Chloé Lefort’s personal sphere of interest combines creative coding, films and non-linear narrative concepts.
She often uses films as a digital material to create. And, during her Honours project, she predominantly played with methods of film editing.
Her work relies heavily on the audience’s capacity to expand on the narratives, and to critic the new random juxtaposition and aggregation of film clips.
Processing, Adobe Premiere Pro, Autodesk Maya 3D
This live generative piece has random access to a database of film clips where the ocean is the main subject. As the collection of clips can always be enriched and will continually be expanding, Discontinuity is an interface to a database in perpetual change.
The software program fragments the editing of this unconventional nonlinear film. And whether the juxtaposition of found footage is cohesive or not is entirely up to the viewer.
Similarly to Virtual Reality (VR) cinema, this piece challenges the dogma of the rectangular frame and disrupts the pre-cinematic spatialized narrative with its circular projection, which forces the audience to be active viewers.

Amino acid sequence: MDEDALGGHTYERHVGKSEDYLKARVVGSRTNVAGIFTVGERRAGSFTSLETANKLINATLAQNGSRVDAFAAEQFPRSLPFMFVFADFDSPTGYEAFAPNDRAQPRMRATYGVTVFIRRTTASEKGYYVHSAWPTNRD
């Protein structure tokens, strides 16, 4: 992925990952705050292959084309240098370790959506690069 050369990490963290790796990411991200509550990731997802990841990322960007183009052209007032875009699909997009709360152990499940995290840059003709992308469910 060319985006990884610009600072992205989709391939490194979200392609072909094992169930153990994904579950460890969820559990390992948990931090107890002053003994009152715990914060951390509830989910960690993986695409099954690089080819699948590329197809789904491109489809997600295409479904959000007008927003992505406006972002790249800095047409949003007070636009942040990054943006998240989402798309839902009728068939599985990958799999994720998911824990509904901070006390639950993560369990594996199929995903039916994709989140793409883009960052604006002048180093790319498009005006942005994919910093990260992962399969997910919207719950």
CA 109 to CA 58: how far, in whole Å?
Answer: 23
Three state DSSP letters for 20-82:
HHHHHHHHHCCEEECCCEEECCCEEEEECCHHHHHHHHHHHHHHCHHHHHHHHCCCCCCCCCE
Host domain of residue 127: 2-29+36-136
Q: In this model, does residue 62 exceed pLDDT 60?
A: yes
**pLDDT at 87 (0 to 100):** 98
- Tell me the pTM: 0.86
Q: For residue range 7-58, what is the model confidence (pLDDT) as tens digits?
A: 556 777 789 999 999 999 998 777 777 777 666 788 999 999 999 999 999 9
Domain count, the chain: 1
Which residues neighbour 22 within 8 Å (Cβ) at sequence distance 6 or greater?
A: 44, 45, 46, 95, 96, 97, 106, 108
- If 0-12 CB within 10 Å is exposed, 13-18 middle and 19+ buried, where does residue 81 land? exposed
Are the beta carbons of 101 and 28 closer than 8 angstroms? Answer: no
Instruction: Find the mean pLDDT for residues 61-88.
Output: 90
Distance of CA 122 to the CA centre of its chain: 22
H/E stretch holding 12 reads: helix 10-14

Discontinuity endlessly displays multiple narratives at once, with no linear pursuit.
It is an attempt at reinventing cinema and creating a nonlinear cinema experience.
(Offensive language warning)
Processing, Adobe Premiere Pro
Birdman (or the Unexpected Virtue of Ignorance) directed by Alejandro González Iñárritu in 2014 was edited to give the impression it was filmed in a continuous single take, like a one-shot film.
This work is a restless generative piece where the program plays with the subtitling of the original film in order to edit this nonlinear narrative. Choosing one specific timestamp after another, the software compiles fragments into a different movie. The random cuts in the narrative aim to disrupt the fluidity of the camera’s long take.
2 Shorts films (31min6s)
Adobe Premiere Pro
6 scenes were extracted from both versions (Him and Her) of The Disappearance of Eleanor Rigby by Ned Benson (2013), in particular scenes where both main characters shared the same space. The clips were then edited together in two different experiments.
Simultaneity1 is a split screen where the scenes from the two different movies play side by side (Him on the left and Her on the right). This juxtaposition creates a conversation where colours, tones, rhythms and performances contrast.
Simultaneity2 plays a compilation of the 6 extracted scenes on top of the other. The narrative space and soundtracks blend in a short film saturated with audio and visual information.